1919 __ « Mon Tombeau »
‣ Comment : Surrealist Voice and Technology. — In "Mon Tombeau" an early poem from "Prospectus", Desnos had already emphasized the experiential importance of listening. He anticipated the way that Breton would describe the automatic experience as an act of listening in "The Mediums Enter" : an act that allows the ear to be penetrated by the "murmur" of "our own unconscious". Listening -- especially to the surrealist voice -- is generative of surrealist experience. "The words, the images are only so many springboards for the mind of the listener", Breton wrote. Such listening is meant to be fundamentally receptive, for "we, who [...] in our works have made ourselves into simple receptacles of so many echoes, modest recording instruments". The voice in "Mon Tombeau", whether disembodied or from beyond the grave, issues strangely from a phonograph. Desnos's love of music is evident. The "singing" phonograph -- an anthropomorphic machine -- "sings" a song belonging not to him but to an exotic stranger. It embodies the rhetorical principle of prosopopoeia in two ways -- as the personification of an inanimate thing and also as a figure of speech in which an imaginary, absent, or deceased person is represented as speaking. For substituted for his own voice is the mediated voice of the Kaffir, a warrior from what is now northern Afghanistan, who represents Desnos's life-long fascination with adventurers, like Fantômas, and who may have been inspired by a comic book adventure story from Desnos's adolescence. Since the Kaffir's song is followed by France's revolutionary slogan "Liberté, Égalité, Fraternité", presented as a vocalized epitaph, the warrior is a stand-in for the Revolutionary-era French citizens who longed for social change. The phonograph, which, on top of the poet's grave, sings a song belonging to someone else, emblematizes a double act of ventriloquism on the part of the poet. His own disembodied voice is mediated twice, one by the phonograph and once by the Kaffir warrior's song -- and perhaps even a third time, insofar as the "song" is not necessarily original to the warrior but acts as a screen or an appropriated vehicle or mode of transmission for the warrior's distress. From beyond the grave, in other words, the poet hopes to be heard, thanks to technology (the phonograph) and also through the voices of others, no matter how distant and foreign they may be. The interposition of a relatively new technological innovation -- the phonograph -- between the poet and his listener-reader and the emphasis on technologically mediated poetic language anticipate Breton's image of the "modest recording instruments". Desnos's phonograph, like Breton's "recording instruments", speaks not only for him but also to him, in a voice from his unconscious auditory imagination that is utterly familiar and yet strange enough to "sound like" that of a shy foreign warrior. Again like Breton's instrument, Desnos's phonograph requires interpretation in a manner similar to that of the words and images springing unbidden from the surrealist's mind during the automatic process. Desnos's image of the phonograph incorporates the surrealist preoccupation with machine aesthetics carried over from Dada. It represents a system of communication that functions in a way that symbolizes how automatic surrealist telepathy moves the desires of the buried self (in other words, the unconscious) through the barrier of the earth (the body) and into the visible, colorful grave (the poet's "tombeau" -- referring to his physical grave and to the traditional form of posthumous poetic homage called "tombeaux", for which Stéphane Mallarmé was well known) in order to find expression through the phonograph (the voice). Like a radio voice, the voice in his poem is disembodied. Deharme explicitly describes the radio "speaker" as someone who must become "a sort of phonograph". Morevoer, the radio voice resembles Breton's idea of the surrealist voice, which emerges similarly from the unconscious without any connection to an exterior, visible body and haunts the listener, insofar as it calls to mind something or someone else. [...] A disembodied voice, like the disincarnated radio voice, writes Allen Weiss in "Phantasmic Radio", is evocative of 'ubiquity, panopticism, omniscience", and causes "the radio work to returns as halluciation and phantasm; it is thus not unusual to find the radio fantasized as receiving messages from the beyond. [...] [W]ith no visible body emitting the sound, and with no image whatsoever to anchor the sound, the radiophonic work leaves a sufficient space from fantasizing" (Allen Weiss). (Katharine Conley)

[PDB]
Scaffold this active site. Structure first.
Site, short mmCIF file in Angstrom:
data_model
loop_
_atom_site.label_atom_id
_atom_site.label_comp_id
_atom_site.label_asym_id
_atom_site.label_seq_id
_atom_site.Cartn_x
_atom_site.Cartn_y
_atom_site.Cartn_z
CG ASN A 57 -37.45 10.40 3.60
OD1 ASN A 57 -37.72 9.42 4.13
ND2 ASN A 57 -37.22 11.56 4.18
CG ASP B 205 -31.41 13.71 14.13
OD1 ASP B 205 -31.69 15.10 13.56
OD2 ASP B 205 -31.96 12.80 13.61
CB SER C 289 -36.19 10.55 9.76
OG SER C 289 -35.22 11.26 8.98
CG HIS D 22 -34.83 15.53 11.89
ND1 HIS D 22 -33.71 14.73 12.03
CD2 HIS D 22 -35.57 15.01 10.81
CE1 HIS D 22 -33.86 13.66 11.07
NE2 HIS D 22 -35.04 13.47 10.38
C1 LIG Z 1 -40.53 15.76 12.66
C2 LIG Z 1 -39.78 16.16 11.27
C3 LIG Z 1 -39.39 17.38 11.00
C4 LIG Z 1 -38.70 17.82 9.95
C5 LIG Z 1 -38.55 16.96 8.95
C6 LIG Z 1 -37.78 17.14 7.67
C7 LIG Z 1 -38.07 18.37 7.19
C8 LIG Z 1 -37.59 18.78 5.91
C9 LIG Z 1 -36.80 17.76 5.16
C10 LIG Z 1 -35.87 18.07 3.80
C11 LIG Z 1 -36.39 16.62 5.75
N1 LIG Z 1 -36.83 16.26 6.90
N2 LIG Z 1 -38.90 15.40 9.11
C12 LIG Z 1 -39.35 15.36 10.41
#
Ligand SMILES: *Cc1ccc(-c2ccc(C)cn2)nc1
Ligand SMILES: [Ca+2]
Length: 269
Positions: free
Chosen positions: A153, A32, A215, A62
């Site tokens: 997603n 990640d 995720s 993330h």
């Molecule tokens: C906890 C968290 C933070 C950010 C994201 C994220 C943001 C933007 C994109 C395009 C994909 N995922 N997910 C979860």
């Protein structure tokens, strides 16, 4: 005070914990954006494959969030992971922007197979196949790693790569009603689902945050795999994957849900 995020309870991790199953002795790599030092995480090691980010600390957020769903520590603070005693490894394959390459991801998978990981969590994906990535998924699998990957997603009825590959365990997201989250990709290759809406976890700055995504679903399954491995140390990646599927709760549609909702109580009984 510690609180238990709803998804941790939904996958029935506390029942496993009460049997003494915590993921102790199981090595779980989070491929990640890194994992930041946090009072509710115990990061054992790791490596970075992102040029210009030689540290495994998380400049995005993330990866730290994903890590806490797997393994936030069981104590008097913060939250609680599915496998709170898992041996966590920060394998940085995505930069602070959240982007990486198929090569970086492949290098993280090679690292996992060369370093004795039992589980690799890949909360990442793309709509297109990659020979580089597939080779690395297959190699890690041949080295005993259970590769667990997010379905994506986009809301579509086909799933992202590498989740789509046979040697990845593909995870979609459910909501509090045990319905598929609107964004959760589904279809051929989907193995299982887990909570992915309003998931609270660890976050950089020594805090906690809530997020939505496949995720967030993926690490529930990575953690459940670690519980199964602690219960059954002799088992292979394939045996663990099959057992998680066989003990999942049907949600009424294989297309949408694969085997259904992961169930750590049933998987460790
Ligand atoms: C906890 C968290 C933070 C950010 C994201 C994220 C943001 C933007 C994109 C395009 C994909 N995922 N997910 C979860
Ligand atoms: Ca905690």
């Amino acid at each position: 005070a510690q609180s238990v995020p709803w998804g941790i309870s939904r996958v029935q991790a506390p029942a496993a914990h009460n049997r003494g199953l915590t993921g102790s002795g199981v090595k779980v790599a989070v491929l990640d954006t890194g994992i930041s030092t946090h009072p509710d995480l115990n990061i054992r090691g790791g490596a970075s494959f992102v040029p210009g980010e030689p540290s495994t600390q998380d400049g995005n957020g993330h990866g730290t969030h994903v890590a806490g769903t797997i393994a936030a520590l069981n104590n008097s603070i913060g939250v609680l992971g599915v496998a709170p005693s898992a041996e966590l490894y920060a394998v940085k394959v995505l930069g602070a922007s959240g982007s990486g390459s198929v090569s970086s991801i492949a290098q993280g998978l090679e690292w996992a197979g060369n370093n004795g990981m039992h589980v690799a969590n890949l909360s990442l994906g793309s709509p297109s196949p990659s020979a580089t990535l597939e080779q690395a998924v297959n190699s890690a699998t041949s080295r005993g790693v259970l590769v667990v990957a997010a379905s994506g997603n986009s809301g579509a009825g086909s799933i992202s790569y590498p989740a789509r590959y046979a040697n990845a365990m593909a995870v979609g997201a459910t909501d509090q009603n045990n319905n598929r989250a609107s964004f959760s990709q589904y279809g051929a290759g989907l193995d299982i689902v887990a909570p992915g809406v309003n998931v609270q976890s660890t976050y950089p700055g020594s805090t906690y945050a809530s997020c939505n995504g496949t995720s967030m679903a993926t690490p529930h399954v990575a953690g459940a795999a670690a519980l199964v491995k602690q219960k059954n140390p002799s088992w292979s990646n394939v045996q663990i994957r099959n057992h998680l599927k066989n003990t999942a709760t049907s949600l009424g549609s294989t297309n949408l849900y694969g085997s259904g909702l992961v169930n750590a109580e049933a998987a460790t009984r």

‣ Original excerpt 1 : « My grave, my pretty grave, / will be painted with enamels / with boating tackle / and a sailor's tattoos. / On my grave a phonograph / will sing night and day / the sad song of the Kaffir warrior / distressed by a licentious wink. / On my grave a record-player / will recite this epitaph. / LIBERTY EQUALITY FRATERNITY. »
‣ Original excerpt 2 : « À Eugène et Lucienne de Kermadec. — Mon tombeau mon joli tombeau, / il sera peint au ripolin / avec des agrès de bateau / et des tatouages de marins. / Sur mon tombeau un phonographe / chantera soir et matin / la complainte du guerrier cafre / navré d’un coup d’œil libertin. / Sur mon tombeau un phonographe / récitera cette épitaphe / LIBERTÉ ÉGALITÉ FRATERNITÉ. »
‣ Source : Desnos, Robert (1919), "Prospectus", In L'Almanach des Saisons, 1921; In "Destinées Arbitraires", Poésie/Gallimard, 1975; In Oeuvres, Gallimard, collection Quarto, 1999 & 2003, p.20.
‣ Source : Conley, Katharine (2003), "Robert Desnos, Surrealism, and the Marvelous on Everyday Life", University of Nebraska Press, pp. 100-102.
‣ Urls : http://www.robertdesnos.asso.fr/index.php?option=com_content&task=view&id=63&Itemid=64 (last visited )
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